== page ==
Decision-making for peace and harmony in family businesses

In our December column, Sue and Dave discuss the challenges of finding an effective decision-making structure that works for your family business.

It’s the season of peace on earth and goodwill to all men.  The only problem is, not everyone seems to get the memo.  The family scenes depicted on Christmas cards with children playing in the snow and the whole family gathered happily around a blazing fire do not generally resemble reality. The fact is that for many, Christmas is one of the rare occasions when all family members gather together, and this can naturally create some challenging and emotional scenarios rather than peace and harmony.

 

The gathering of family members is a necessary and important part of everyday life for those working in family businesses, not just for a festive celebration. It can also have wider reaching consequences, impacting the business as well as family relations.  For example, business decisions made by family members can have a ripple effect, affecting multiple generations of the family, the people they employ and their families, supply chains and the local and wider economy.

 

Over recent weeks, we have been asked by numerous family businesses about the best way of making decisions or reaching an agreement within the business. Our answer is that there are multiple routes to take and no one model fits all.

 

The chosen decision-making approach can apply to everything from ‘Where shall we hold the Christmas party this year?’ through to ‘Should we make our son or our daughter the next CEO?’ or ‘Should we allow non-family directors onto the board?’.

 

For many family businesses, decision-making is often separated across different areas; owner-led decisions, board decisions, management decisions and family decisions. Each area has its own concerns and plays a different role. In smaller businesses, it may be necessary for one or two people to play all the roles and make all the decisions.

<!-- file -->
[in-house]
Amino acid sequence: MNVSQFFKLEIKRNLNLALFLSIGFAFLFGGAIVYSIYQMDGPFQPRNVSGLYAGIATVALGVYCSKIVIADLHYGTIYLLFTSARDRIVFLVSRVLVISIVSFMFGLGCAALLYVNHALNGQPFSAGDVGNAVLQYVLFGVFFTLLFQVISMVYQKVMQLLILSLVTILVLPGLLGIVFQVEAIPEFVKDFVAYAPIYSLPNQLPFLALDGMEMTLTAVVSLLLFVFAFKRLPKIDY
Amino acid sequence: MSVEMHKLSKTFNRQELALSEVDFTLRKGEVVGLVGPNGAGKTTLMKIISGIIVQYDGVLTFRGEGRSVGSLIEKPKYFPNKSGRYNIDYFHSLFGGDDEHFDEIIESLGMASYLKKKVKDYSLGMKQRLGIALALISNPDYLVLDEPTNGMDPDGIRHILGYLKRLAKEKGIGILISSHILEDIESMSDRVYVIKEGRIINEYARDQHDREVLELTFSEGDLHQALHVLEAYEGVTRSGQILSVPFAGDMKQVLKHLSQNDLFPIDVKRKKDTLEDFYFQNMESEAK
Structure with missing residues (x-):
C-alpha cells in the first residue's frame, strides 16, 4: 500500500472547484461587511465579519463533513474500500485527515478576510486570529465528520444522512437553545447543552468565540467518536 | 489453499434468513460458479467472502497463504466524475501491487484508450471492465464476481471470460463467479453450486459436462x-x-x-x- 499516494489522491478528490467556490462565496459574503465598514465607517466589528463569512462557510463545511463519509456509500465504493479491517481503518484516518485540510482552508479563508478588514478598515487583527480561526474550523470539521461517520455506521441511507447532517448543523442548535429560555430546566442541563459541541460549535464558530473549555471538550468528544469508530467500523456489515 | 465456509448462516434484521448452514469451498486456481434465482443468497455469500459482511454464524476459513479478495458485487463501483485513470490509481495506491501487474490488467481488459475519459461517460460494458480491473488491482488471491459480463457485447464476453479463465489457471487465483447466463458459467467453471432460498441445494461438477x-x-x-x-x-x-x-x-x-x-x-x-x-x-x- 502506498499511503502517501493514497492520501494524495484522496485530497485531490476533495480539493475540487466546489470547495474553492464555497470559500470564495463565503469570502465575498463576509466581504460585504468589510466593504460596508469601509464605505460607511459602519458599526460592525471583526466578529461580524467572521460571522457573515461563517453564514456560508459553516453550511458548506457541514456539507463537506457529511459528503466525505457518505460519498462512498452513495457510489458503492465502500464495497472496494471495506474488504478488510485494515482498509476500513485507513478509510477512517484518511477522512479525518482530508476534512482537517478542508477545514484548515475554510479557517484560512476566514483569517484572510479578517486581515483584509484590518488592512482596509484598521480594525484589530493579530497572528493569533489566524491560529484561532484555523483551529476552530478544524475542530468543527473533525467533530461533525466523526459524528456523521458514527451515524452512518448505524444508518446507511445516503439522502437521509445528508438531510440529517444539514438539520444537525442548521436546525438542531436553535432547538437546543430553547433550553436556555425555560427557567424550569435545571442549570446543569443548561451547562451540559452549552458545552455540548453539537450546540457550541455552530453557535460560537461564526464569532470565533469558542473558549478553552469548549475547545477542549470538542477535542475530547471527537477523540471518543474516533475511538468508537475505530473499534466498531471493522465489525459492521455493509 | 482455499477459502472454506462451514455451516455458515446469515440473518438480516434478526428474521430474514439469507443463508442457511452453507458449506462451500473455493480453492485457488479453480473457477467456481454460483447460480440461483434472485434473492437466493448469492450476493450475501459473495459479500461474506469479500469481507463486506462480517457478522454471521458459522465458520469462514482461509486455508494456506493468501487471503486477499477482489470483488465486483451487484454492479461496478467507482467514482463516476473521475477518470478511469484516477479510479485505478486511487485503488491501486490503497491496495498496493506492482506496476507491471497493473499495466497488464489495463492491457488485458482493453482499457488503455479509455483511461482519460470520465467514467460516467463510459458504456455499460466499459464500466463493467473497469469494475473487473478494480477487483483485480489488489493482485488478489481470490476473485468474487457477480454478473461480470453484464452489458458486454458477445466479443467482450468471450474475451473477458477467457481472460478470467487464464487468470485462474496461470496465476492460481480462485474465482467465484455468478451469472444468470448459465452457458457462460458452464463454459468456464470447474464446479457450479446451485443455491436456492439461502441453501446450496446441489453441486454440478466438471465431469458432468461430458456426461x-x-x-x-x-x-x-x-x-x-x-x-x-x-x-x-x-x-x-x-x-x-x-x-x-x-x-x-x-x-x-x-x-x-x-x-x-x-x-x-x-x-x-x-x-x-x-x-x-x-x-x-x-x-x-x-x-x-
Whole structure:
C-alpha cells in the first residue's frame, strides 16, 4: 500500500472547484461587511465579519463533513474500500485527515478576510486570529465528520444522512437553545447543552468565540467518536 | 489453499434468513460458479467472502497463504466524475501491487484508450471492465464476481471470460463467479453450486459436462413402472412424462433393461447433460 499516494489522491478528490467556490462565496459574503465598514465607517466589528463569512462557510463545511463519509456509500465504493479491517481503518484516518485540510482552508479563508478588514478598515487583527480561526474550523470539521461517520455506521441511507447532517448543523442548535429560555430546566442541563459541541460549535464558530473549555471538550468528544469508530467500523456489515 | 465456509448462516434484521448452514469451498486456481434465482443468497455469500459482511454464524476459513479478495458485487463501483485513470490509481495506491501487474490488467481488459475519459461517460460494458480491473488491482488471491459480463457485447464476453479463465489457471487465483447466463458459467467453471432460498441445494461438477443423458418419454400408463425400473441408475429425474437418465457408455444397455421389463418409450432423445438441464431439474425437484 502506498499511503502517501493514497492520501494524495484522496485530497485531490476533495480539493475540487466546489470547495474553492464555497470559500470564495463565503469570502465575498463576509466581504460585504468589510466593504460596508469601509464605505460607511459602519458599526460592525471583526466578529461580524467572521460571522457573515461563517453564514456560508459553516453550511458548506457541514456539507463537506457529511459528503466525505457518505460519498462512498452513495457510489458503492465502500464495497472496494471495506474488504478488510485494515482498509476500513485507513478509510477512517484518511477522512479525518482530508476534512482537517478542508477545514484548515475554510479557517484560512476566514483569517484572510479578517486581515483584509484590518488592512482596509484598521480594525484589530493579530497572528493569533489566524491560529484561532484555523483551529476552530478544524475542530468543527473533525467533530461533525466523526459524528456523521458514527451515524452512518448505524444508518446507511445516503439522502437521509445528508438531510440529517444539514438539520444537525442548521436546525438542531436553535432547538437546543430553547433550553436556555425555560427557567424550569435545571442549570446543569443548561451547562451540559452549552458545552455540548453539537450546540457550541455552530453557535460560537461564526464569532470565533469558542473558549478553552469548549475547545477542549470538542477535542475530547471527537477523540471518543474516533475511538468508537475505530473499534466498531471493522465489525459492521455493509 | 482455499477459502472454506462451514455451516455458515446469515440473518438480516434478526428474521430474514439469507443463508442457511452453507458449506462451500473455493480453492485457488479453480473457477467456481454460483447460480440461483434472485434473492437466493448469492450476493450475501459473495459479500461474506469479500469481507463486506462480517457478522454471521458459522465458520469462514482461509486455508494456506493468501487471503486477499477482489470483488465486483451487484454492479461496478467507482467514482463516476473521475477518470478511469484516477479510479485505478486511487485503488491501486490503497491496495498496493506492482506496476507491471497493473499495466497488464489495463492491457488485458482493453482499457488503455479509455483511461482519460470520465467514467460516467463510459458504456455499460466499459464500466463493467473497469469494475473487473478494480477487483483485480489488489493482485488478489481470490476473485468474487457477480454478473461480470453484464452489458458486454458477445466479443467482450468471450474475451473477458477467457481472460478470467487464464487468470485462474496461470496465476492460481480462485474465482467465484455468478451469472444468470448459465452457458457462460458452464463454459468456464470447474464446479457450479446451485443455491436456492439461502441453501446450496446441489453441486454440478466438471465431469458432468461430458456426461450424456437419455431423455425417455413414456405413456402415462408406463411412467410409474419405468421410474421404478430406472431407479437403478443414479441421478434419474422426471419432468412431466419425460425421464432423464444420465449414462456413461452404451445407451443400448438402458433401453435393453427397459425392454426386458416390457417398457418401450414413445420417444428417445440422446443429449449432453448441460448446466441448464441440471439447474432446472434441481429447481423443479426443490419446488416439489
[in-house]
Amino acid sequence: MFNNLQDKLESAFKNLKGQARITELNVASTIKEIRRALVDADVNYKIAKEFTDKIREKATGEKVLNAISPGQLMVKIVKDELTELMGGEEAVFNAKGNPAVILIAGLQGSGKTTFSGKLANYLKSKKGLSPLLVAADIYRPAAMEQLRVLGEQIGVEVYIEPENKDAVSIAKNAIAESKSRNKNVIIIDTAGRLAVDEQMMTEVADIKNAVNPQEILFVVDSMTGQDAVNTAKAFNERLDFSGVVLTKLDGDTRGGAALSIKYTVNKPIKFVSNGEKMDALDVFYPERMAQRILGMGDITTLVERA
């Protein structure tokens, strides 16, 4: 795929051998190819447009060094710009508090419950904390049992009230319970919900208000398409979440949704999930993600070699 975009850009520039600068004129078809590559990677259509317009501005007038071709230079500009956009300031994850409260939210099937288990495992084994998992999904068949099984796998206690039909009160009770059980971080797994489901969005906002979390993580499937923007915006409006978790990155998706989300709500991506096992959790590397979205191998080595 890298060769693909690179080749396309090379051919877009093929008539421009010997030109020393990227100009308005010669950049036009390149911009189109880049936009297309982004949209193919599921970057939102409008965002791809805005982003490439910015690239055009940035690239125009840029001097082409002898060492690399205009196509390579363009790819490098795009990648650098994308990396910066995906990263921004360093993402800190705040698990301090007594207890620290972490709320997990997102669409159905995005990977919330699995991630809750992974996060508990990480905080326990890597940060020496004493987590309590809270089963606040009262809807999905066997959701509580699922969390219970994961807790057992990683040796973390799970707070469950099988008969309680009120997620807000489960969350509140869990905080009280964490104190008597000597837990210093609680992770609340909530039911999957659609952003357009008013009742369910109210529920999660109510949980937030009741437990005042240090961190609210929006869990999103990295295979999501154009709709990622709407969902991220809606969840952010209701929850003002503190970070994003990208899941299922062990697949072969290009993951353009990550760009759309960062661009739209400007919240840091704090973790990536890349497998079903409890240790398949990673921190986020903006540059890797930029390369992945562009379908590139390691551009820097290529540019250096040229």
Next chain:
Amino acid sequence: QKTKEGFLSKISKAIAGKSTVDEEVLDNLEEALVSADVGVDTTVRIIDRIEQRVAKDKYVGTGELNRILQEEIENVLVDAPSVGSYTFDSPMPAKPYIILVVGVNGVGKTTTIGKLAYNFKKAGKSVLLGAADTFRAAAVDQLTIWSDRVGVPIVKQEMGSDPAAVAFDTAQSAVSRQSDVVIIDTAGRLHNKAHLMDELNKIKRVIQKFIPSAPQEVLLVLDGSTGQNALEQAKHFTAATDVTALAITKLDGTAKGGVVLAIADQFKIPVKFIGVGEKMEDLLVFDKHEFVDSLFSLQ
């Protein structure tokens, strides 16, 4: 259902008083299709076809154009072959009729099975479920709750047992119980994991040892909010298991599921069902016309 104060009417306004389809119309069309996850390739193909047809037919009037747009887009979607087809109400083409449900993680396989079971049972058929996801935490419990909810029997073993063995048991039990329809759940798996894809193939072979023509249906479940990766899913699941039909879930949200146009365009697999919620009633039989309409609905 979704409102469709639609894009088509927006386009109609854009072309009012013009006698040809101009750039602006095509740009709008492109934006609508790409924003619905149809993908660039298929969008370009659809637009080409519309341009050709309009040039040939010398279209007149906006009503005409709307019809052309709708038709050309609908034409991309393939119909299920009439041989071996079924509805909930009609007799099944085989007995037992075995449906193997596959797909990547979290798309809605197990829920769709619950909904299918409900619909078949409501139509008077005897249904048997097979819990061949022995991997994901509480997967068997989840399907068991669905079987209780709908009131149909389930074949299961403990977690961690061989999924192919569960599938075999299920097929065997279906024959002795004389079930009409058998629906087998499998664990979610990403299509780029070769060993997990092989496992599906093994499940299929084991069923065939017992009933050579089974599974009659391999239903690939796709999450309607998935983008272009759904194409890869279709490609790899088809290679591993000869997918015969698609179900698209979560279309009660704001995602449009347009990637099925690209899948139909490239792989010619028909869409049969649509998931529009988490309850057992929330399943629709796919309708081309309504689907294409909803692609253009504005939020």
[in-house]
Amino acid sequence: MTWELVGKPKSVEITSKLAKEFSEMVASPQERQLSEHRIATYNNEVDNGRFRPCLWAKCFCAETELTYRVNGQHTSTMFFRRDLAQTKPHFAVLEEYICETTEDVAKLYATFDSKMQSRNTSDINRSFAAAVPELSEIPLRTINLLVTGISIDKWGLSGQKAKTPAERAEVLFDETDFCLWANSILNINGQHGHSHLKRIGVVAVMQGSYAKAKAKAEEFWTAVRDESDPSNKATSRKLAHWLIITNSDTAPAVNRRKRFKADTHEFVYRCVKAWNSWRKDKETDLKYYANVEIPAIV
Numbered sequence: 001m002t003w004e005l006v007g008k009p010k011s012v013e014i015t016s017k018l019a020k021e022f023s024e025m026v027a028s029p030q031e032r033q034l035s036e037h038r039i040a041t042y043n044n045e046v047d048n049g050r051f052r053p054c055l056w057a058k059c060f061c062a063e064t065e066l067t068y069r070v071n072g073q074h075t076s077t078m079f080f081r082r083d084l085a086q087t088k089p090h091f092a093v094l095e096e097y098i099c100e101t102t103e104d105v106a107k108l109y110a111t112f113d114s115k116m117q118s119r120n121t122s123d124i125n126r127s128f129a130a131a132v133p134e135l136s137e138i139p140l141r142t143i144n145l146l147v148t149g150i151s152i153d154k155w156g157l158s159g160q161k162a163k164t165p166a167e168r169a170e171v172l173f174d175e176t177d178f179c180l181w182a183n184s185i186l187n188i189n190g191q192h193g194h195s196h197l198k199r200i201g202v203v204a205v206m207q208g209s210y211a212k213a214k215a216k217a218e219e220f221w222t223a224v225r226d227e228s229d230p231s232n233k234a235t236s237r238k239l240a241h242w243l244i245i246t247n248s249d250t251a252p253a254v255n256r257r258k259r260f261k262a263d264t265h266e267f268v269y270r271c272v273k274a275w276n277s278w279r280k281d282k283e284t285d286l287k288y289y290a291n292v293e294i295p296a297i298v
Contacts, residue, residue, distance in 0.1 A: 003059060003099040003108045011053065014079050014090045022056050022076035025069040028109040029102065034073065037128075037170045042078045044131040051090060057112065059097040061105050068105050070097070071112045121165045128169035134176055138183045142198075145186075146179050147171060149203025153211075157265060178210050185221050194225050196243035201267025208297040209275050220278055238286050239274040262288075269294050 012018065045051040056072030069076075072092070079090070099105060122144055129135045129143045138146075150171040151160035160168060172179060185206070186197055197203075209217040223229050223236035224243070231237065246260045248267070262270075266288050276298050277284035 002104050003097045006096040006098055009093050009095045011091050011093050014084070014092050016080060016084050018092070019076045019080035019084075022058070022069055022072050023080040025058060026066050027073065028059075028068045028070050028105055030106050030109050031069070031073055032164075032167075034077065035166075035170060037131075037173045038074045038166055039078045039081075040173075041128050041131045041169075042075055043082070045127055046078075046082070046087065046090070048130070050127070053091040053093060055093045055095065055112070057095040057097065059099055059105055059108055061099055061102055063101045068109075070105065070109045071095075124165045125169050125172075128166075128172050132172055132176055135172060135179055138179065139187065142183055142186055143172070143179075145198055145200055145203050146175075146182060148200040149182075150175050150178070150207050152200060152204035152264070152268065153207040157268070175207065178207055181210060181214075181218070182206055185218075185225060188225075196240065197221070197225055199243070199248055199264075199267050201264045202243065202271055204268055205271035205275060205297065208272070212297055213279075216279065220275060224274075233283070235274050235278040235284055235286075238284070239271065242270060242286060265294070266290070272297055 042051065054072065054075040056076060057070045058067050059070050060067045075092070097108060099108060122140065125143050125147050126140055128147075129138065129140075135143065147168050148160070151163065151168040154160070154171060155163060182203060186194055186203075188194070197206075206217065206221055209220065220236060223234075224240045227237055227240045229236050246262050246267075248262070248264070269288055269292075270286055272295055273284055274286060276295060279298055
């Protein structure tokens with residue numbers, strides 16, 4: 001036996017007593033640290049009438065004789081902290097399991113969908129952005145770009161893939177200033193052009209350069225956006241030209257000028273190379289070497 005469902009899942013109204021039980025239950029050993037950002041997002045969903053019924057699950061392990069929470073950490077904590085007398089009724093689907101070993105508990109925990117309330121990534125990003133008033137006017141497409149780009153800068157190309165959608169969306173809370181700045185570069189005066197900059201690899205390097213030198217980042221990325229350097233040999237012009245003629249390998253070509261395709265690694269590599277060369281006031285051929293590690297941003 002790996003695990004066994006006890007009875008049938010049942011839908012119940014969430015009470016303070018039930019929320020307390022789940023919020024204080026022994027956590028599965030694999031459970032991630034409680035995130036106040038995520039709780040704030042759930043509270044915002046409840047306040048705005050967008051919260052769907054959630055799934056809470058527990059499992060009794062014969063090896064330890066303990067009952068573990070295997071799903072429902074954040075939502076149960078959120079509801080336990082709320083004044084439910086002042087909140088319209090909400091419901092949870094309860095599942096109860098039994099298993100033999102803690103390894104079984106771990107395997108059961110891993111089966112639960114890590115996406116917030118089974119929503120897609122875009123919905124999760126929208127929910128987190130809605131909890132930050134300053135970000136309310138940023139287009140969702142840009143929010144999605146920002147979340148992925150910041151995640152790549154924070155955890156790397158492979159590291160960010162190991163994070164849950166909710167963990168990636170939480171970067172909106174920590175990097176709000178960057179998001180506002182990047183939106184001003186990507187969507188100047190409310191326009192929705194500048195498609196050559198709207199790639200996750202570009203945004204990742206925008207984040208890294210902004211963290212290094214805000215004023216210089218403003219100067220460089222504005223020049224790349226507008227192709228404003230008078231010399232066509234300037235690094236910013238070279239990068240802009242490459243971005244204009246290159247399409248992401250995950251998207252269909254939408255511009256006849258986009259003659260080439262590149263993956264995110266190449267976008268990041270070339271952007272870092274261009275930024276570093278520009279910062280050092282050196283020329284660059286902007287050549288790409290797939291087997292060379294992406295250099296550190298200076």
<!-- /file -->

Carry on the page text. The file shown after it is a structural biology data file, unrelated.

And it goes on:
The source of decision-making power or the decision-making approach also varies from business to business, often in line with the different decision-making areas.

 

The different decision-making models

 

  • Owner-controlled decisions

When the decision-making power comes from those who control the shares (this could be one person or a number of family shareholders)

  • Hierarchical decisions

When one person (often a CEO) has the overall say-so and makes the final decision for all

  • Board decisions

When a board of directors (family members/ non-family exec’s, NED’s etc) influence each other to make a decision in a peer to peer way

  • Consensus decisions

When everyone must come to an agreement (an approach often adopted by families or a husband and wife partnership)

 

There are many extra considerations and challenges for family-owned or run businesses than for non-family businesses whose decisions-making models are usually clearly defined, hierarchical and based on purely rational, practical and financial matters. Common challenges might include for example, having an ineffective board of directors elected by ownership interest rather than knowledge of and commitment to the business, or having a non-structured family decision-making approach where conversations go round and round and actions are not clearly agreed and followed through.

 

Despite the countless challenges, it is possible to create an effective decision-making structure that takes into account the needs and considerations of the family and the business. Through conversations and experiences shared at our network events and forums, we have seen that the common aim for many families is achieving balance and fairness for all. Decisions will rarely be based on figures alone, but instead based upon what’s right for all and the legacy and stewardship of the business.

 

Part of our role at the network is to signpost family businesses who are experiencing certain challenges. We will often be able to point them towards other family businesses who have undergone similar challenges and it’s this peer to peer learning and sharing that creates real value.

 

We look forward to working with you, your families and your businesses in the new year and wish you all good decision-making, peace and harmony in 2020.

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